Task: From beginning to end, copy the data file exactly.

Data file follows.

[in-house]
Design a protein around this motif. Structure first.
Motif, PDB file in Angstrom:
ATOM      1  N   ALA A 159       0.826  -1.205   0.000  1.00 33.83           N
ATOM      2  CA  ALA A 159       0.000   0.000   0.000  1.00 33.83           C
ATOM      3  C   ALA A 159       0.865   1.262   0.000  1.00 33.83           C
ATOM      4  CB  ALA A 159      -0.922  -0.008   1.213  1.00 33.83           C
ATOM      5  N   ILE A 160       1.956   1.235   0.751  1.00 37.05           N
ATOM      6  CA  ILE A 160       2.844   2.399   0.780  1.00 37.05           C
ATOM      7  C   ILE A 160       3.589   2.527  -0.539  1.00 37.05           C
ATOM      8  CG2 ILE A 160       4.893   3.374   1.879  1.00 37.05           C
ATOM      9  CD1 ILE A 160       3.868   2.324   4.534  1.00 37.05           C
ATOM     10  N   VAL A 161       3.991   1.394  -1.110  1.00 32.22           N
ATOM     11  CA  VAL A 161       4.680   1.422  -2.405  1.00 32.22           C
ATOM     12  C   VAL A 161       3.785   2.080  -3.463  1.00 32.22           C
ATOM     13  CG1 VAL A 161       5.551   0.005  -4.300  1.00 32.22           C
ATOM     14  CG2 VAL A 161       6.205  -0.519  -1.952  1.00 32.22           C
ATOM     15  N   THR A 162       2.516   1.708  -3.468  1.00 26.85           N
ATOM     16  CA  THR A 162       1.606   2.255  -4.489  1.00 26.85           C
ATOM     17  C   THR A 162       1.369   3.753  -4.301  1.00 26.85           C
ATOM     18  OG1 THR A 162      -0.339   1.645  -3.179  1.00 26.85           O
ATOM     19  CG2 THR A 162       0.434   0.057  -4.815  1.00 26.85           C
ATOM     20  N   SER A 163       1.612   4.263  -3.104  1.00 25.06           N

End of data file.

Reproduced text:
[in-house]
Design a protein around this motif. Structure first.
Motif, PDB file in Angstrom:
ATOM      1  N   ALA A 159       0.826  -1.205   0.000  1.00 33.83           N
ATOM      2  CA  ALA A 159       0.000   0.000   0.000  1.00 33.83           C
ATOM      3  C   ALA A 159       0.865   1.262   0.000  1.00 33.83           C
ATOM      4  CB  ALA A 159      -0.922  -0.008   1.213  1.00 33.83           C
ATOM      5  N   ILE A 160       1.956   1.235   0.751  1.00 37.05           N
ATOM      6  CA  ILE A 160       2.844   2.399   0.780  1.00 37.05           C
ATOM      7  C   ILE A 160       3.589   2.527  -0.539  1.00 37.05           C
ATOM      8  CG2 ILE A 160       4.893   3.374   1.879  1.00 37.05           C
ATOM      9  CD1 ILE A 160       3.868   2.324   4.534  1.00 37.05           C
ATOM     10  N   VAL A 161       3.991   1.394  -1.110  1.00 32.22           N
ATOM     11  CA  VAL A 161       4.680   1.422  -2.405  1.00 32.22           C
ATOM     12  C   VAL A 161       3.785   2.080  -3.463  1.00 32.22           C
ATOM     13  CG1 VAL A 161       5.551   0.005  -4.300  1.00 32.22           C
ATOM     14  CG2 VAL A 161       6.205  -0.519  -1.952  1.00 32.22           C
ATOM     15  N   THR A 162       2.516   1.708  -3.468  1.00 26.85           N
ATOM     16  CA  THR A 162       1.606   2.255  -4.489  1.00 26.85           C
ATOM     17  C   THR A 162       1.369   3.753  -4.301  1.00 26.85           C
ATOM     18  OG1 THR A 162      -0.339   1.645  -3.179  1.00 26.85           O
ATOM     19  CG2 THR A 162       0.434   0.057  -4.815  1.00 26.85           C
ATOM     20  N   SER A 163       1.612   4.263  -3.104  1.00 25.06           N